For Black Catholics, Gregory’s elevation means “our faith, our talents, our willingness to be part of and work for the church in our community, we have an impetus to continue to do that because a leader who looks like us has been recognized at the highest level in the universal church, that means influence in the direction the church takes in reaching all of the people of the world.”
“His talents for helping the church, for helping Black Catholics, for helping all Catholics and all people in this country, and now worldwide have been recognized,” Campbell added, “and the church wants to put them to use.”
Sister Patricia Chappell said Gregory’s elevation “is good news” and “a very historic moment.”
“I certainly rejoice. … For those of us who are African American Catholics, to have the first African American cardinal named, is just wonderful,” said the Sister of Notre Dame de Namur, who is the former president of the National Black Sisters’ Conference. She also is the former executive director of Pax Christi USA and now serves on the leadership team for her religious order.
Pope Francis, she believes, also particularly understood there is “much healing that certainly needs to take place with the Catholic Church in the United States, so I think he’s made a wise decision in calling forth a holy man … a man who really listens to the people, a man who is steeped in his faith, and a man who will journey with the people. So I’m just blessed, I’m grateful.”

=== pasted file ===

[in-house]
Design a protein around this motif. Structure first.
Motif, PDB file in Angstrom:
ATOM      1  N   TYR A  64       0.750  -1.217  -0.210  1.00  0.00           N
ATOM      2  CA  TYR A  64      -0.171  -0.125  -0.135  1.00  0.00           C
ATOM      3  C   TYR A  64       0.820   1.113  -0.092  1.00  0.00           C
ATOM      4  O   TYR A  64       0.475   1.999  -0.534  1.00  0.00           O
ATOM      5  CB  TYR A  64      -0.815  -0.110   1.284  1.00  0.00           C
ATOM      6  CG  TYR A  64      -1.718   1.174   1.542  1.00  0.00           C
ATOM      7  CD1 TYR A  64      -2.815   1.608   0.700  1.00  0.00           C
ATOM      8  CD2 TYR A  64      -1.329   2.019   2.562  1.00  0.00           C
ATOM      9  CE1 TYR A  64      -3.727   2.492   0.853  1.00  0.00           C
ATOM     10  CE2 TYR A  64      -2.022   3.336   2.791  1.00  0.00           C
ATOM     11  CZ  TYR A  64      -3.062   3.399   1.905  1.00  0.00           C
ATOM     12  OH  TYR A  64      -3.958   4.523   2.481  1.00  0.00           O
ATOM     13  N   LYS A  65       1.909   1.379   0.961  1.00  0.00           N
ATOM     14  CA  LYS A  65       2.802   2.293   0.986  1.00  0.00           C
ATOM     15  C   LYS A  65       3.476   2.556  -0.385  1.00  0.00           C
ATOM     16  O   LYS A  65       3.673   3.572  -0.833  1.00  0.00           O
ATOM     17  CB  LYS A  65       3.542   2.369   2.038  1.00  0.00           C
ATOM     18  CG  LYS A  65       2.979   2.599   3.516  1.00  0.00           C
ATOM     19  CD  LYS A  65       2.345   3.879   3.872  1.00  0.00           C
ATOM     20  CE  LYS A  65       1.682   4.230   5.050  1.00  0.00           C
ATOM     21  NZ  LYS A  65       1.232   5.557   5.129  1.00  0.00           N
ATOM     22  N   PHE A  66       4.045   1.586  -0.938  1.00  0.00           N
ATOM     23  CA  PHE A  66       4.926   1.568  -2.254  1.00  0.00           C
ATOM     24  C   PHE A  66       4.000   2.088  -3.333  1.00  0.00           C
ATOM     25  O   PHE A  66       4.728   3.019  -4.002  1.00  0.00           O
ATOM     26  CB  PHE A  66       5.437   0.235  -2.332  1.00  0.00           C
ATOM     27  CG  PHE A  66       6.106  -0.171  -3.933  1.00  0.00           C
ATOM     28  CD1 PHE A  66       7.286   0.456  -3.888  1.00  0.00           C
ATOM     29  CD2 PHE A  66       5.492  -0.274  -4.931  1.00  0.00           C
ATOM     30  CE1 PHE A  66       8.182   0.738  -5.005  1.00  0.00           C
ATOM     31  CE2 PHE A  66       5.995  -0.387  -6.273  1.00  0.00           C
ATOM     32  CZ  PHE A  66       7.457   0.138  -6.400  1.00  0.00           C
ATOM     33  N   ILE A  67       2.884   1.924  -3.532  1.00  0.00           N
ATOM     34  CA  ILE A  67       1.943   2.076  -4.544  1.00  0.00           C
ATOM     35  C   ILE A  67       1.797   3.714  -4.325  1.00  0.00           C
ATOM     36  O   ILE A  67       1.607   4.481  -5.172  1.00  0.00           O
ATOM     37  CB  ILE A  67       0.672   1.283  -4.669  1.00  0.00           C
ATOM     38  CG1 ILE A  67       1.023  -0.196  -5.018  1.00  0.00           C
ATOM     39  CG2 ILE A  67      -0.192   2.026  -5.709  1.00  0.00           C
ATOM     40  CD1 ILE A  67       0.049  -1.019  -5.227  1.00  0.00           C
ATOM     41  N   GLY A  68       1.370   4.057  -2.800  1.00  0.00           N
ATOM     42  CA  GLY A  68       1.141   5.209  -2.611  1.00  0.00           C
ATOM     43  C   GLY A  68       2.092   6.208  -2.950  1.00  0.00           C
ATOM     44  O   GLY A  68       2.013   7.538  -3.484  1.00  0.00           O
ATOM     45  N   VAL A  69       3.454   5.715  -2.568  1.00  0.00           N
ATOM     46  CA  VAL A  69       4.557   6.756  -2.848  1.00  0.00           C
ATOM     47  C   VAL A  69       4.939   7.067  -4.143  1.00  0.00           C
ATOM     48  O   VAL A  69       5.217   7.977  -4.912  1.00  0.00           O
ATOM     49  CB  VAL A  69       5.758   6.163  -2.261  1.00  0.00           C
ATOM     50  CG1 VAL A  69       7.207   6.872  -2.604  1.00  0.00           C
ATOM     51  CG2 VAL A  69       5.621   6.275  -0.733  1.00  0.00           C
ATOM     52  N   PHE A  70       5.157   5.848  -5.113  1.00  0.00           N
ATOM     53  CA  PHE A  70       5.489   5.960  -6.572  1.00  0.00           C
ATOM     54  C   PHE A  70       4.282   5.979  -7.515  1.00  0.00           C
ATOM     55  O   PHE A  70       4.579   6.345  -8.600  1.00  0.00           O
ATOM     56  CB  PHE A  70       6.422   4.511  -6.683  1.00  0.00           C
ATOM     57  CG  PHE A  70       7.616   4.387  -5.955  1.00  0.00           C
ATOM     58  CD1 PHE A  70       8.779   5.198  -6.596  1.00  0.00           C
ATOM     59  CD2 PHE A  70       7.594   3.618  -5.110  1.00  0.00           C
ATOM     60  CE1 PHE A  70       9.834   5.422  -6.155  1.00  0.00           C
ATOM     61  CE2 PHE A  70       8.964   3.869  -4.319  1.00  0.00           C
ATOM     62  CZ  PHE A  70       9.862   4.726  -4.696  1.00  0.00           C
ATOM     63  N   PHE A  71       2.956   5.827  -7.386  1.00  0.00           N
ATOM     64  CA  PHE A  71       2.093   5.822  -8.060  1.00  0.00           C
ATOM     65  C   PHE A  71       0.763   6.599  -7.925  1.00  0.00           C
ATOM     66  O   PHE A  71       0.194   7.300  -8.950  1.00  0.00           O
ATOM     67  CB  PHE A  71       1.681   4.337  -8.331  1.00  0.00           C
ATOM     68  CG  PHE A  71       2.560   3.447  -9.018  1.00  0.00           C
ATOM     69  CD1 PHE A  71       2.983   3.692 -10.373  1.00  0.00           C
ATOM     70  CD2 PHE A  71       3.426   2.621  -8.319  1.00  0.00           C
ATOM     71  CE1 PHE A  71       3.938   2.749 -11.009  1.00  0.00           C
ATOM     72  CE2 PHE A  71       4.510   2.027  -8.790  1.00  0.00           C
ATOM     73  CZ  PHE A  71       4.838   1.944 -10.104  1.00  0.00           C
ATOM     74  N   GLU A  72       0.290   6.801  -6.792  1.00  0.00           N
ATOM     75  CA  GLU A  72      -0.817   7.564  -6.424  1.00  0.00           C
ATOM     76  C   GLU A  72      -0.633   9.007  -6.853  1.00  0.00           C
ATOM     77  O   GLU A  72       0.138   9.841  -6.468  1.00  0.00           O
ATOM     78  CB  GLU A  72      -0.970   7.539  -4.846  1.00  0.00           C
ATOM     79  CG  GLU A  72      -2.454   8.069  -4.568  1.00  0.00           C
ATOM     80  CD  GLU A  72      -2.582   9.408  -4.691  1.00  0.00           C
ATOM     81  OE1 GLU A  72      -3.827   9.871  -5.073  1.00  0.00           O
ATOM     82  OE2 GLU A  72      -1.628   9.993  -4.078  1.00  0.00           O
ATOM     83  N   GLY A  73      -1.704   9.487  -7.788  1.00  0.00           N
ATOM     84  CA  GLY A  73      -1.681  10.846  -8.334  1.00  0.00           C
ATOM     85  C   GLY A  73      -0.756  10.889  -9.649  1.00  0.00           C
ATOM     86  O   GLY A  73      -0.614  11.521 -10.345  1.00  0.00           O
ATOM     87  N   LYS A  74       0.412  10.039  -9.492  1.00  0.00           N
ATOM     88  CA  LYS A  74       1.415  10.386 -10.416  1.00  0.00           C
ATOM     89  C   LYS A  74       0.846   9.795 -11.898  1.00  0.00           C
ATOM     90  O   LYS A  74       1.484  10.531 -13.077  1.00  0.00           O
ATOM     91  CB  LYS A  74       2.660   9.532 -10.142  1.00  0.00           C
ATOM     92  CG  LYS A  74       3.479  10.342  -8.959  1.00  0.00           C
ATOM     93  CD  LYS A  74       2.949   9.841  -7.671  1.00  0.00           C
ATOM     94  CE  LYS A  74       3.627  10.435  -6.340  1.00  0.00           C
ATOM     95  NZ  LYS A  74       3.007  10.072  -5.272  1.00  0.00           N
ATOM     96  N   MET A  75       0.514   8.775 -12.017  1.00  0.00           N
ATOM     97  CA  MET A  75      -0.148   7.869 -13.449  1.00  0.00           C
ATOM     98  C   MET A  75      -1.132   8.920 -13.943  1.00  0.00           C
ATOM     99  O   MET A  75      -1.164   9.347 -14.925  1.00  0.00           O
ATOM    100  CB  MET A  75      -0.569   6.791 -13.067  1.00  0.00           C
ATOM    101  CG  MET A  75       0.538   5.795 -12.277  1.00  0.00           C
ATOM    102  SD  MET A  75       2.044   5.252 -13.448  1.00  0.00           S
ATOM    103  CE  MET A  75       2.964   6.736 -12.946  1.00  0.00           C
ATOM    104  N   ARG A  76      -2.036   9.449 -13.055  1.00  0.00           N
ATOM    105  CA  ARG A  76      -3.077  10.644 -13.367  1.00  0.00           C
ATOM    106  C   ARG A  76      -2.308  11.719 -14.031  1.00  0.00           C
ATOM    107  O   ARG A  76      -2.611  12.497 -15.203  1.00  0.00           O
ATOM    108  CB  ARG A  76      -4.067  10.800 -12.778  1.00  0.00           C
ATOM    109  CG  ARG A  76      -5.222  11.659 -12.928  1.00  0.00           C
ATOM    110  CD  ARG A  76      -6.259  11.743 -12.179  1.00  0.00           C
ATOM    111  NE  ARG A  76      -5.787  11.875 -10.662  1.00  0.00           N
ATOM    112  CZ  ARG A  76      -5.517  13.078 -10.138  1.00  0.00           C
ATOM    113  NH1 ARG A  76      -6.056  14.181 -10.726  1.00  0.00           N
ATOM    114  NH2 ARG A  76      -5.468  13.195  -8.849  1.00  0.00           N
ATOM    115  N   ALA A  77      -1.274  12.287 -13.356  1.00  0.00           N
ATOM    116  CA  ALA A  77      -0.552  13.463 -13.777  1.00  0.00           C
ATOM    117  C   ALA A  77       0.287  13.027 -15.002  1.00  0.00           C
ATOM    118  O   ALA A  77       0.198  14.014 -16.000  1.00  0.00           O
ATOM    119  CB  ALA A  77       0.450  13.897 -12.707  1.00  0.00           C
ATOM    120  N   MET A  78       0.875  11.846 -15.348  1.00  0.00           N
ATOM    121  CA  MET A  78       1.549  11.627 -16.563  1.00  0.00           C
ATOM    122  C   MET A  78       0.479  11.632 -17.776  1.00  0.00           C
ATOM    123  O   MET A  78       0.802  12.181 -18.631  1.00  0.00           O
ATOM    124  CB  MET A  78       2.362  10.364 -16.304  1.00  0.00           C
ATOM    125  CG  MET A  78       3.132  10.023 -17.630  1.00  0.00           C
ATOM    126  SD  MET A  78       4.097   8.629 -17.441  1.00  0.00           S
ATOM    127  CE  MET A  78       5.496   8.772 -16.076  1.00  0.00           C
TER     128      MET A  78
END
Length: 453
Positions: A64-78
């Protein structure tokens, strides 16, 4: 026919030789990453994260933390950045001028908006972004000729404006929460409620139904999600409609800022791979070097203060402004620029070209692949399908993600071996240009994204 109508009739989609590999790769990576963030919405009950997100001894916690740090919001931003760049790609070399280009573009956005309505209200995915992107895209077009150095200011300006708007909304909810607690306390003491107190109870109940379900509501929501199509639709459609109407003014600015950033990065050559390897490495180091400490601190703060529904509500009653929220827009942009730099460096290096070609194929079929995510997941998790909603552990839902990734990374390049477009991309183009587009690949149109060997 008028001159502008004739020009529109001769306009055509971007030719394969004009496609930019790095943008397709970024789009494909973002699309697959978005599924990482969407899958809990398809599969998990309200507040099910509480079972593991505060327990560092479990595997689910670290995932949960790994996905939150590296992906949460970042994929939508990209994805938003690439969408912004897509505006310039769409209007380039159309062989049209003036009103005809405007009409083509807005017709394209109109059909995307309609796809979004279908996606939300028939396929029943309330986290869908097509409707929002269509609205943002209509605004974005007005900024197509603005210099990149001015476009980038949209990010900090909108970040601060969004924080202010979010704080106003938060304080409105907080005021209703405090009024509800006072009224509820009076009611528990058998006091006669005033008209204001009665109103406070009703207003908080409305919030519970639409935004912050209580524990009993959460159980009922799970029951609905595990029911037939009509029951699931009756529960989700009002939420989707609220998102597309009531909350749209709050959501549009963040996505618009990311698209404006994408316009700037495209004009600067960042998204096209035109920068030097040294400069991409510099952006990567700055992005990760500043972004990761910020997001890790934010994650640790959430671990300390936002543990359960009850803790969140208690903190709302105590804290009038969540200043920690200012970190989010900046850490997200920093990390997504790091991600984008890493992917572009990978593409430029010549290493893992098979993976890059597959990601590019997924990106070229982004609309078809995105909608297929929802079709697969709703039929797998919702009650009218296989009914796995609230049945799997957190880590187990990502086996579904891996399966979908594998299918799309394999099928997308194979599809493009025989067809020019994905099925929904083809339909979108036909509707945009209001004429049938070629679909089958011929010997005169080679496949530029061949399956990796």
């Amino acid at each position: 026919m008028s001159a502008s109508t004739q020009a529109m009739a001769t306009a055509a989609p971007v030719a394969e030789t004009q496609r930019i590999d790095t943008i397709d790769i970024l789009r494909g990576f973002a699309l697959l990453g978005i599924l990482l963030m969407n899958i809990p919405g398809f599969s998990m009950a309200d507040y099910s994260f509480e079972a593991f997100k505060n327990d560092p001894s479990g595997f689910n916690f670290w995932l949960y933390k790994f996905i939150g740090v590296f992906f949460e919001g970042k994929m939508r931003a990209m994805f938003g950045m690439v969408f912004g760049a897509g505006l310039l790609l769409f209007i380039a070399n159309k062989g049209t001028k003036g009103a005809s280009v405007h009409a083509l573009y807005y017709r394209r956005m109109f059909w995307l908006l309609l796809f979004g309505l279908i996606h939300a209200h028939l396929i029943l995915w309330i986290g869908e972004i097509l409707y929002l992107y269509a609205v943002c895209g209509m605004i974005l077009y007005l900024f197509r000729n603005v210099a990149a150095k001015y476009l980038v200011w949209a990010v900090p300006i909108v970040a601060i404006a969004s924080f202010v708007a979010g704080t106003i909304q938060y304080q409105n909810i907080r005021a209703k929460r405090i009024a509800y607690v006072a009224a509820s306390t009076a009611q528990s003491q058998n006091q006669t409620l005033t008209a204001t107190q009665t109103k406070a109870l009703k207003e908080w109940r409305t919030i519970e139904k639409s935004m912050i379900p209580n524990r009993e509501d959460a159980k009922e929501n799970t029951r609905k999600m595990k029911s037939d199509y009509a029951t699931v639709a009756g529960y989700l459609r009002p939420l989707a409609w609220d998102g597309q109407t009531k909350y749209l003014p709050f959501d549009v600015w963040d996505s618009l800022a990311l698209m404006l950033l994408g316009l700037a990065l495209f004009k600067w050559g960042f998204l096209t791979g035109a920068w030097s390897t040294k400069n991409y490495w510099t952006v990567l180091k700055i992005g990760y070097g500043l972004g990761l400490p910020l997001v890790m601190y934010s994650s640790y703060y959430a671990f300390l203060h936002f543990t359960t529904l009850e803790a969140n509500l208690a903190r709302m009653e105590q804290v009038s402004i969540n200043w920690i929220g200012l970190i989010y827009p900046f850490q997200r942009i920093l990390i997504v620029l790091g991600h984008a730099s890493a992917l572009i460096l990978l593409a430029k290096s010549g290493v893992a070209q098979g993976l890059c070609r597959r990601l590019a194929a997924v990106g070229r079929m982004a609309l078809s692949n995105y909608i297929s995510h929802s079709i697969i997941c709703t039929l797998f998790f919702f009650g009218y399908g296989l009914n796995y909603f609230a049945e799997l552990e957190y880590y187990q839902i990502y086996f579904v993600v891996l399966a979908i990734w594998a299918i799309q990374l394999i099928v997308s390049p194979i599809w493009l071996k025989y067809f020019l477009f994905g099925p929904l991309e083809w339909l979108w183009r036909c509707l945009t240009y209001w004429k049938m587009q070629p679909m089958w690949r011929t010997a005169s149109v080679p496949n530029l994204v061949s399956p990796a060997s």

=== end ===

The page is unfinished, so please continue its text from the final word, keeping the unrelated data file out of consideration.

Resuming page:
Asked about Gregory’s leadership qualities, Chappell pointed to “his ability to listen” and be able “to listen to diverse opinions and to try to find the common threads that somehow can unite people. And yet, he’s also a man of integrity, he’s a man also rooted in prayer and his faith, so he doesn’t back away from his beliefs. What I have seen him do is to try to bring people together, to look at how do we make it better, how do we bring the good news to all God’s people.”
Msgr. Raymond East, pastor of St. Teresa of Avila Parish in Washington, and a nationally known evangelist and speaker, said Cardinal Gregory’s elevation is “a great sign of encouragement” the church is recognizing “the gifts of the Black Catholic community, which is both African Americans who have been here for a long time, newly-arrived African immigrants, people from the Caribbean, Afro-Latinos, people from Haiti and from all the islands, the whole African diaspora.”
Gregory “who is one of the most gifted church leaders in the whole country,” East said. “He’s been a great light to us, and we’re so blessed to have him here in this diocese, and to have him in this very special place, in our nation’s capital, to be the first African American Catholic cardinal, it’s tremendously exciting.”
Hilda McDougald, a 100-year-old parishioner of St. Luke Parish in Washington, attended a Mass Gregory celebrated at St. Luke Church Oct. 24, one day before Pope Francis named him as a new cardinal.
When asked what it meant to her that the pope named Gregory as a cardinal, she said, “Things are changing, times are (changing) … What a change, what a change!”
She recalled how during times of segregation, Black Catholics had to sit in the back of church and wait until the end of the Communion line to receive Communion after white Catholics.
As for Gregory, she said, “I just love him. I admire him, I really do. In fact, I admire all of our priests. All (of them).”
Zimmermann is editor of the Catholic Standard, newspaper of the Archdiocese of Washington.